BFG KM3 Mud Terrain Tires 50k Mile Review

BFG KM3 Long Term 50K Mile Review

We Put Over 50,000 Miles On Two Sets – What You can Expect

As you may or may not already know, there are a lot of different choices on the market for us off-road enthusiasts. But, what are the best options; mud-terrain, all-terrain, or hybrid?

Picking one can quickly become overwhelming, and all I knew was that I wanted them to performed well. Then, I came across the BFG KM3.

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Evolution Of BFG KM3

Let’s start with a little background. BFG came into the market in 1980, releasing the first Mud-Terrain T/A. After undergoing a few improvements over the years including the KM2 in 2007, they incorporated their “mud-phobic bars” into the tread pattern on the KM3. These help optimally release mud and dirt for better off-road traction. 

They have stood strong in the market for quite some time now, proving to be a solid choice for any off-road adventure.


  • Enchanted grip on rocks
  • Strong sidewall protection
  • Chip and tear-resistant
  • Improved mud traction

    Fuel Efficiency

    BFG KM3 Review - Gas Mileage, Fuel Efficiency/Economy

    No one buys a Tacoma for its good fuel economy, especially once you add a lift and bigger tires. I have had my truck for a little over 3 years now, 2.5 of those running these and I haven’t noticed that much of a difference compared to the factory ones. Sure, there’s been a slight drop in MPGs, but that’s expected, with mud terrains especially.

    With the factory ones, I was averaging around 18 MPG in the city and 20 MPG. With the 285s, I dropped to about 15/17 MPG, and on 295s, around 13/15 MPG, respectively. Obviously, those are averages and will vary based on other factors/lifestyles.

    Life Expectancy

    295/70R17 BFG KM3 - Wearing & Tread Life Expectancy

    Mud terrains typically have a shorter life expectancy than AT or All-Season due to their softer compound which allows for more flex and better off-road performance.

    That being said, these tires claim to last around 30-45k miles. My first set lasted me about 35k miles with a pretty decent amount of off-road use and city driving. My current set has about 15-20k miles on it and is wearing pretty well so far. I would expect to see another 15k miles at least.

    As long as you stay consistent with rotations and alignments, they should last a pretty good amount of miles.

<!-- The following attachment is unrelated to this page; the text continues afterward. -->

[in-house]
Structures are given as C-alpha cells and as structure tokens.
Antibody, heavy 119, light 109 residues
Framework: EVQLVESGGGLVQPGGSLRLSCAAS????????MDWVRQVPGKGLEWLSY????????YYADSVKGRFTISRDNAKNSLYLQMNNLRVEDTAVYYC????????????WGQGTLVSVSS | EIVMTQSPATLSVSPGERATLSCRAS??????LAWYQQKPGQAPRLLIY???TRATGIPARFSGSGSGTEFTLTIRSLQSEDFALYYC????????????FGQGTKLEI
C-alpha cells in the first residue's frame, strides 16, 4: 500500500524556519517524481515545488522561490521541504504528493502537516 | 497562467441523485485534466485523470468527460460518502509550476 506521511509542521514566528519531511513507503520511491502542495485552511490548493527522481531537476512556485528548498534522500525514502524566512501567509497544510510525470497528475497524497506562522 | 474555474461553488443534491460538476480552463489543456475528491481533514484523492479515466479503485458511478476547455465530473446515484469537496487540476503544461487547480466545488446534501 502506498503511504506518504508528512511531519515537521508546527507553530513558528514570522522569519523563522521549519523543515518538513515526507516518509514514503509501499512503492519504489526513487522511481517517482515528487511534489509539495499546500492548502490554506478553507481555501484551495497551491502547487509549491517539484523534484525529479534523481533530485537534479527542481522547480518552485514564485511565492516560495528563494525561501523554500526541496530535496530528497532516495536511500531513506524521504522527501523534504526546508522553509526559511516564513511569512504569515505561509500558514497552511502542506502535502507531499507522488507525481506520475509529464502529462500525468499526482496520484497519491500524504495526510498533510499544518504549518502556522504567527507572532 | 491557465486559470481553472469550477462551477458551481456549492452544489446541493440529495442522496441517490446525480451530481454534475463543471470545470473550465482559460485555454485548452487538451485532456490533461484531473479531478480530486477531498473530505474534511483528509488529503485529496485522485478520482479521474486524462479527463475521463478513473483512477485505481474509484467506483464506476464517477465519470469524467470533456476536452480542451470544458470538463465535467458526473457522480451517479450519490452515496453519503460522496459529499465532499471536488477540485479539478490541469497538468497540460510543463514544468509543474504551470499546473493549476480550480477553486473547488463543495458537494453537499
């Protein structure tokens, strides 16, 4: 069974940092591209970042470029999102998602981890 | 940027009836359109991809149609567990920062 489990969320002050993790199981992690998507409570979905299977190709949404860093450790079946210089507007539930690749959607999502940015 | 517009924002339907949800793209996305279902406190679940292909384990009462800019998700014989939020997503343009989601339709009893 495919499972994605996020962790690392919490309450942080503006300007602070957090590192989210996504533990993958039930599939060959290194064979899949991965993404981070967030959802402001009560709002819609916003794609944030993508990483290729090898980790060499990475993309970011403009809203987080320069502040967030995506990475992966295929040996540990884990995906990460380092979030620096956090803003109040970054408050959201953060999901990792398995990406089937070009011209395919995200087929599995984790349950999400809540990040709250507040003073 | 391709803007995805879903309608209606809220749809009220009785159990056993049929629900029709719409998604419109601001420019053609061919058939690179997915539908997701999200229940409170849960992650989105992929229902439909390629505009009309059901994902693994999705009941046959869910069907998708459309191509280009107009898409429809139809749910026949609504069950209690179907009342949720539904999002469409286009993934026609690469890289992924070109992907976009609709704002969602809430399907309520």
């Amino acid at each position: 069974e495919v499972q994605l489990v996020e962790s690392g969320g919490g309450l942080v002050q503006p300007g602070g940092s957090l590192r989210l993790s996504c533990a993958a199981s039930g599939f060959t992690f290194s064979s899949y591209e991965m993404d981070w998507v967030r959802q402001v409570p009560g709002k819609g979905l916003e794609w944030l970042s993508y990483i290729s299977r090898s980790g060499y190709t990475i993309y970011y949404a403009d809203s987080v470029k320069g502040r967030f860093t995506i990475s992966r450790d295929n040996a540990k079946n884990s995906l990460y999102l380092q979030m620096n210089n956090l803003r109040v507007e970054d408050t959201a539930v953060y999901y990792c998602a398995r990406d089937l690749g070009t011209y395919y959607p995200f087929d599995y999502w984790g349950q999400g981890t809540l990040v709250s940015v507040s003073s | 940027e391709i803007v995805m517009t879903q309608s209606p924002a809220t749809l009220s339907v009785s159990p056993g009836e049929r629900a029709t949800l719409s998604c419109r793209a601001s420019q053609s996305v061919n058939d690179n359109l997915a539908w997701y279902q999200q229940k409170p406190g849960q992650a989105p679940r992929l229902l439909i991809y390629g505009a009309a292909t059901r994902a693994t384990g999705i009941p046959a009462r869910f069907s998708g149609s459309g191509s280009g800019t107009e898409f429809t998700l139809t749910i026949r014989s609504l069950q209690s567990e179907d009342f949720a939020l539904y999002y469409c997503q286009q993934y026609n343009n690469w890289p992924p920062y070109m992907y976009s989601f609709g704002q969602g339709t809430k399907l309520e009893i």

BFG KM3 Snow Performance Review

    Living in Colorado, this truck saw lots of snow, rain, and ice. Mud terrains aren’t known for being the best tires in inclement weather but they did perform better than I thought.

    The KM3s didn’t do too well against ice, but not many do. Rain can be a little scary as well, but I never hydro-planed or lost traction.

    Colorado got hit with one of the biggest snow storms in history a few years ago and I had the truck out all evening assisting search and rescue teams for stuck or stranded vehicles. These performed way better than I could’ve imagined and got me successfully through the storm.

    All in all, I had very few issues in bad weather with the KM3s. Rain and ice traction aren’t the greatest but they’ve done great in the snow.


    Lifted White Tacoma With Custom Prerunner Front Bumper & BFG KM3s

    If you’re in the market for a nice set of mud terrains that won’t break the bank but also aren’t “cheap” – these are it.

    Obviously, mud tires aren’t cheap, or at least most of the high-quality ones aren’t. The KM3s are a little on the higher end of those brands but there’s definitely a good reason for it.

    You can find these at your local shop or online. I purchased my first set from 4WheelParts and the second from Amazon. In my opinion, keep an eye on Amazon, Tire Rack, or Simple Tire as the available sizes and prices fluctuate. Still, they’re usually lower than any local shops will have them for.

    For Reference – Current (10/2023) 285/70R17 Cost Breakdown:

    • 4: ~$1,400/set
    • 5 (matching spare): ~$1,725/set

    Long Term Review

    Toyota Tacoma w/ BFG KM3s

    When I bought my Tacoma, I knew I wanted big meaty tires but had no idea where to start. I researched and came up with a few different options but settled on a set of 285/70R17 BFG KM3s. These were a little pricier than my other options but there was something about the tread pattern (and obviously positive reviews) that helped me decide.

    It’s crazy how much a set of wheels and tires changes the look of a truck. I thought they were supposed to feel super knobby and loud on the road, but was very surprised with how quiet and smooth these things were on the road, for an M/T that is.

    I loved them so much that when the time came to replace them, I moved up to 295/70R17s. My adventurous lifestyle has taken more of a backseat on my current set, as I moved across the country and life has been a lot busier. That being said, my second set has seen a lot more pavement miles than the first but still performs just as well off-road as my first set.

    Final Thoughts

    3rd Gen Tacoma With V2 TRD Pro Grille & BFG KM3 Mud Terrain Tires

    Being an avid BFG guy, I might be a little biased and don’t have much to compare them to. However, there’s a reason why I made my decision and will continue to run these; they look great and perform even better.

    If you’re in the market or looking to try something new, the KM3 is a great tire and one of the best in my opinion. They are comfortable enough for city driving, put in solid work off the pavement, and have an aggressive tread pattern. They will not disappoint you!

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